House of Commons Hansard #44 of the 38th Parliament, 1st Session. (The original version is on Parliament's site.) The word of the day was columbia.


Immigration and Refugee Protection Act
Private Members' Business

December 13th, 2004 / 11 a.m.


Bill Siksay Burnaby—Douglas, BC

moved that Bill C-272, an act to amend the Immigration and Refugee Protection Act (sponsorship of relative), be read the second time and referred to a committee.

Mr. Speaker, I am pleased to speak today to my private member's bill, Bill C-272, an act to amend the Immigration and Refugee Protection Act. I would like to acknowledge the help and support of my colleague from Vancouver East and pay tribute to her hard work, especially on immigration issues. She and her staff have worked tirelessly for family reunification and her bills from previous parliaments have paved the way for this bill.

As well, the commitments in the bill are a key component of the NDP platform from the recent federal election. This has been a long-standing commitment of the New Democratic Party and I know it was important to our leader, the member for Toronto—Danforth, as well as to my colleague from Winnipeg North and my colleague from Windsor—Tecumseh in the recent campaign, something that people in their ridings were particularly interested in and found particularly important.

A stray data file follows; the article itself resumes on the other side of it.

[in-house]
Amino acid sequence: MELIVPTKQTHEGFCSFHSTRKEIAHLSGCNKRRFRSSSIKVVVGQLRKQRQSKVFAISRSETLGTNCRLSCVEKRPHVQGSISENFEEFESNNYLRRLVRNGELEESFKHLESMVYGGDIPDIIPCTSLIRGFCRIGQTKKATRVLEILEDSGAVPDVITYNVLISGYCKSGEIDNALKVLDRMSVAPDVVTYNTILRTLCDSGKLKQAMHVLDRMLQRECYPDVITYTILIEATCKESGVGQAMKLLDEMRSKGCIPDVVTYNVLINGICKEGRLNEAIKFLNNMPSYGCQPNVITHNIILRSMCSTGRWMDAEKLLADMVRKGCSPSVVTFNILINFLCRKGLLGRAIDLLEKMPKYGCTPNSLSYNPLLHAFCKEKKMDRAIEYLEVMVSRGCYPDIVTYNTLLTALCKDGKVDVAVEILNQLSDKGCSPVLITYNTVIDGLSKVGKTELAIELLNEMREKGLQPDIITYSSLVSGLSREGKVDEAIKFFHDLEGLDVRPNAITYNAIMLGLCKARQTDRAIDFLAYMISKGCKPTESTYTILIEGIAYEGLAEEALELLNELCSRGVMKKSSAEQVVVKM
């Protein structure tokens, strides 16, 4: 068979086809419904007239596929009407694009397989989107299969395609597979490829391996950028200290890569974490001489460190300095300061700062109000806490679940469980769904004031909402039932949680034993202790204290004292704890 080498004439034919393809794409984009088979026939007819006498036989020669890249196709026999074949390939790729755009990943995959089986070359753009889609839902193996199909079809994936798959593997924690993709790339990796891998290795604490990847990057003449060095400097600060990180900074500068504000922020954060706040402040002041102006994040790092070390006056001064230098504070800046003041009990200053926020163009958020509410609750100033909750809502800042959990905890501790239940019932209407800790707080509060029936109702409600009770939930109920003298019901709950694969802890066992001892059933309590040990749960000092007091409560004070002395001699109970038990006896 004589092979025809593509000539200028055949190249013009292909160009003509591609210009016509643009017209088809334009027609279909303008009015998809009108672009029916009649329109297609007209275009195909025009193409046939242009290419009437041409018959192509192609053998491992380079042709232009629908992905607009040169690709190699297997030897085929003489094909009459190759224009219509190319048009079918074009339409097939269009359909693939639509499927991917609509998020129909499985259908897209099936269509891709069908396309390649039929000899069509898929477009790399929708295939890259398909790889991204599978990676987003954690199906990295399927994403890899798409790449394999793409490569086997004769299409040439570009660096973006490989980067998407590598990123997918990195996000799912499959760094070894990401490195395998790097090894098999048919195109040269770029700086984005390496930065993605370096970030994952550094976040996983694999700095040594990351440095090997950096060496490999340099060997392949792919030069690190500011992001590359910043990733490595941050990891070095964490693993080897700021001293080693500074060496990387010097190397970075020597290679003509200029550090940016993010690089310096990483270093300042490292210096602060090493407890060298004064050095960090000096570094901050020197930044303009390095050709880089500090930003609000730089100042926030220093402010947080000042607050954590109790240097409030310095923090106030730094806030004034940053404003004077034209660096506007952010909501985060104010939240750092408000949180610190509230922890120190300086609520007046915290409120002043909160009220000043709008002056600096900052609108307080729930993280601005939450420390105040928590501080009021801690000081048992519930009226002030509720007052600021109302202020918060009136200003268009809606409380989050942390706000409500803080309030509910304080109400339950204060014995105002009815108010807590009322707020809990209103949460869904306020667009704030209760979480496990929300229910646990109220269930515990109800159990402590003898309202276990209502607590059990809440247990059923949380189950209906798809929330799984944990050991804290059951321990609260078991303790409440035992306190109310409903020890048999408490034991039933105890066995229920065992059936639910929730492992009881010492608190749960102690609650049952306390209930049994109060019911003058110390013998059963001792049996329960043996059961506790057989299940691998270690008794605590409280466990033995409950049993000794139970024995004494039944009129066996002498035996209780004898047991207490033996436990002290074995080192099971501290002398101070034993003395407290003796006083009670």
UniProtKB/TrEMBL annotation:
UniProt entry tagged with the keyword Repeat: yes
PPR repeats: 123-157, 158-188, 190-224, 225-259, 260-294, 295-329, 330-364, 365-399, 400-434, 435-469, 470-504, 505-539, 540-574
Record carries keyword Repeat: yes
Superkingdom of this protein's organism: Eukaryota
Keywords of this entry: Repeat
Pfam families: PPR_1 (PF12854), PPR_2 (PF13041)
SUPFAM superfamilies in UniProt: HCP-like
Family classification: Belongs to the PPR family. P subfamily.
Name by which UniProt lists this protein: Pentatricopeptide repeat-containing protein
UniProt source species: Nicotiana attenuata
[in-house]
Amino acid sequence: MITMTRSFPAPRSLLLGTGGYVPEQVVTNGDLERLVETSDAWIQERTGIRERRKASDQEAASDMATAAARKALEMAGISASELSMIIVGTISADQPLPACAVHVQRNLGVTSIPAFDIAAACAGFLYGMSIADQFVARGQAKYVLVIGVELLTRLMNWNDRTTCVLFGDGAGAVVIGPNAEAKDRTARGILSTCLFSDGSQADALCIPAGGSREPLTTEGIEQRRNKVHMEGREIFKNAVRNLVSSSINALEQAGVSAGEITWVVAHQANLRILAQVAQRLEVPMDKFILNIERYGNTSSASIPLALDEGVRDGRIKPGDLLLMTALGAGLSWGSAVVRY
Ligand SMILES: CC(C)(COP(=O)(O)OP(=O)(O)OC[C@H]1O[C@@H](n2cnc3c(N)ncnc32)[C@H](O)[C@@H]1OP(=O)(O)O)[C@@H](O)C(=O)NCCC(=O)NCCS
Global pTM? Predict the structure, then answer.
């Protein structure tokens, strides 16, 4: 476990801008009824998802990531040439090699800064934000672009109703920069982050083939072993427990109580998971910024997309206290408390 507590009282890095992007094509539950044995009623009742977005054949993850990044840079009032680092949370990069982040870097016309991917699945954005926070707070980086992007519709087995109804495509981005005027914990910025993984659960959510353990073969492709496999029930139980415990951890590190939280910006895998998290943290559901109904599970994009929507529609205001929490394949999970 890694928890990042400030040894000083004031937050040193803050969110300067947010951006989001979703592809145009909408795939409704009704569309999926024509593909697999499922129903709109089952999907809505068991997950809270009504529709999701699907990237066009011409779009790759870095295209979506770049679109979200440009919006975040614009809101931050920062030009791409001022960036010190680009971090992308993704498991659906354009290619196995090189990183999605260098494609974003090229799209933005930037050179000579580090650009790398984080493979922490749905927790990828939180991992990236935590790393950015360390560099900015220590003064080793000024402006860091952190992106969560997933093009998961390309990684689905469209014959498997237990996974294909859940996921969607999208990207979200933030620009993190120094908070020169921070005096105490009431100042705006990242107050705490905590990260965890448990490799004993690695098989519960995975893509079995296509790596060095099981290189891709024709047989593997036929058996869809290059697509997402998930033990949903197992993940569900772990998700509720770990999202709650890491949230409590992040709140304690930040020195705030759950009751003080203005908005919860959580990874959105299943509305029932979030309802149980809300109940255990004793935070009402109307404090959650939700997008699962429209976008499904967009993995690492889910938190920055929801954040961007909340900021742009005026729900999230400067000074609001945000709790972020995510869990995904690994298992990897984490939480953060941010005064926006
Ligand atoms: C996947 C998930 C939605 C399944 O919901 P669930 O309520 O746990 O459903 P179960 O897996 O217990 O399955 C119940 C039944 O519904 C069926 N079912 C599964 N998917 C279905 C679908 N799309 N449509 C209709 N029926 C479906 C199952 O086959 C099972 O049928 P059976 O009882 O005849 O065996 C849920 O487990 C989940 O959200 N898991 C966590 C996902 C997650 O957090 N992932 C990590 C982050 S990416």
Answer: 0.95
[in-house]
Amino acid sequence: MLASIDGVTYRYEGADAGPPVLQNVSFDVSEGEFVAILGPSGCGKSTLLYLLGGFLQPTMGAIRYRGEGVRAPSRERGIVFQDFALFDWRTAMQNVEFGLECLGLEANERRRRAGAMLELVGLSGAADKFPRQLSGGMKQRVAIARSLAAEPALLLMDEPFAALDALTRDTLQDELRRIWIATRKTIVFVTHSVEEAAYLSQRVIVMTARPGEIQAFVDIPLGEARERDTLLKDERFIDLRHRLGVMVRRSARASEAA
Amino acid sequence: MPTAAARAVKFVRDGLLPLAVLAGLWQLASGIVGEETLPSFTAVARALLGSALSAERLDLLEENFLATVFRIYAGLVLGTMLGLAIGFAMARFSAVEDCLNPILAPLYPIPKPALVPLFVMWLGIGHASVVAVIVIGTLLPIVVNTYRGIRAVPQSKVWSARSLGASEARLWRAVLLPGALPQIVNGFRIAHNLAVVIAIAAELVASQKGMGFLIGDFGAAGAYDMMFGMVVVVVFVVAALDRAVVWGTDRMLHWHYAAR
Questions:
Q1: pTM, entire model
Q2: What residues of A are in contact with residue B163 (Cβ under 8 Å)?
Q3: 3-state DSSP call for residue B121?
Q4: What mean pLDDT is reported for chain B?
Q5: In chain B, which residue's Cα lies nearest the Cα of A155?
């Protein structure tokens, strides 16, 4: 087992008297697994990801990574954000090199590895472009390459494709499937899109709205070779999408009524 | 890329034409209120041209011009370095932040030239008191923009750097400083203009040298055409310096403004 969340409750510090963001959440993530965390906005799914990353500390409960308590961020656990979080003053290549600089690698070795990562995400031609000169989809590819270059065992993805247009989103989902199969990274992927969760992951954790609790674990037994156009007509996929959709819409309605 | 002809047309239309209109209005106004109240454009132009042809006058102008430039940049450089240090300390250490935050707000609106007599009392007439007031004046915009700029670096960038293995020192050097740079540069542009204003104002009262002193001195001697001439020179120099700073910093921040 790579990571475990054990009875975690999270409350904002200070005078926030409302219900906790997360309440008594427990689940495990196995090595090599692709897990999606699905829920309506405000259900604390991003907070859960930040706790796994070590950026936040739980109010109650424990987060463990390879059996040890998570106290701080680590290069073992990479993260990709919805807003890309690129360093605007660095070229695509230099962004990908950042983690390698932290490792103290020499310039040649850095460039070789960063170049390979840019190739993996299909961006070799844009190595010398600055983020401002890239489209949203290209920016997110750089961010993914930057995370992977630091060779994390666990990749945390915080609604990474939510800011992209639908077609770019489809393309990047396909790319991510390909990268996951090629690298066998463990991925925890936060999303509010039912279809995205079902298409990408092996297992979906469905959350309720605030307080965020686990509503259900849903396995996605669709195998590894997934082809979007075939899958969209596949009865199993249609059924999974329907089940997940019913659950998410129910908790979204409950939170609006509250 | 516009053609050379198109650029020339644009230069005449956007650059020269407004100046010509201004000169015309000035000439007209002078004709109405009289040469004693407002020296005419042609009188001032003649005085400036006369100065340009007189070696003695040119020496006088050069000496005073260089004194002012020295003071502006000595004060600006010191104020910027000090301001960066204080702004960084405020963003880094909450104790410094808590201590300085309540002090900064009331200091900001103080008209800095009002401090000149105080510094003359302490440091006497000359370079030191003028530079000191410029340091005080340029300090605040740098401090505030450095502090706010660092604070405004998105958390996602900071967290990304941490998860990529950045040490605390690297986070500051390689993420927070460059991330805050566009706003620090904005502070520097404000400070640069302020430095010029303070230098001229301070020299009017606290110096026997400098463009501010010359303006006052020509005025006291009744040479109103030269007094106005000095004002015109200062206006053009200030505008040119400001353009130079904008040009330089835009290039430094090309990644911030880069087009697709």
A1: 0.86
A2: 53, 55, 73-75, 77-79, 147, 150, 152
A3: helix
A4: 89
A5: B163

Family reunification is a key objective of our current immigration law, the Immigration and Refugee Protection Act, sometimes called IRPA. Section 3 of the act says that one of IRPA's goals is “to see families are reunited in Canada”. With regard to the refugee program, section 4 of IRPA says that an objective should be “to support the self-sufficiency and the social and economic well-being of refugees by facilitating reunification with their family members in Canada”.

Family reunification is particularly important to refugees given the experience of dislocation that their families have experienced when they became a refugee. This bill and the whole discussion of family reunification is of particular importance to refugees in Canada.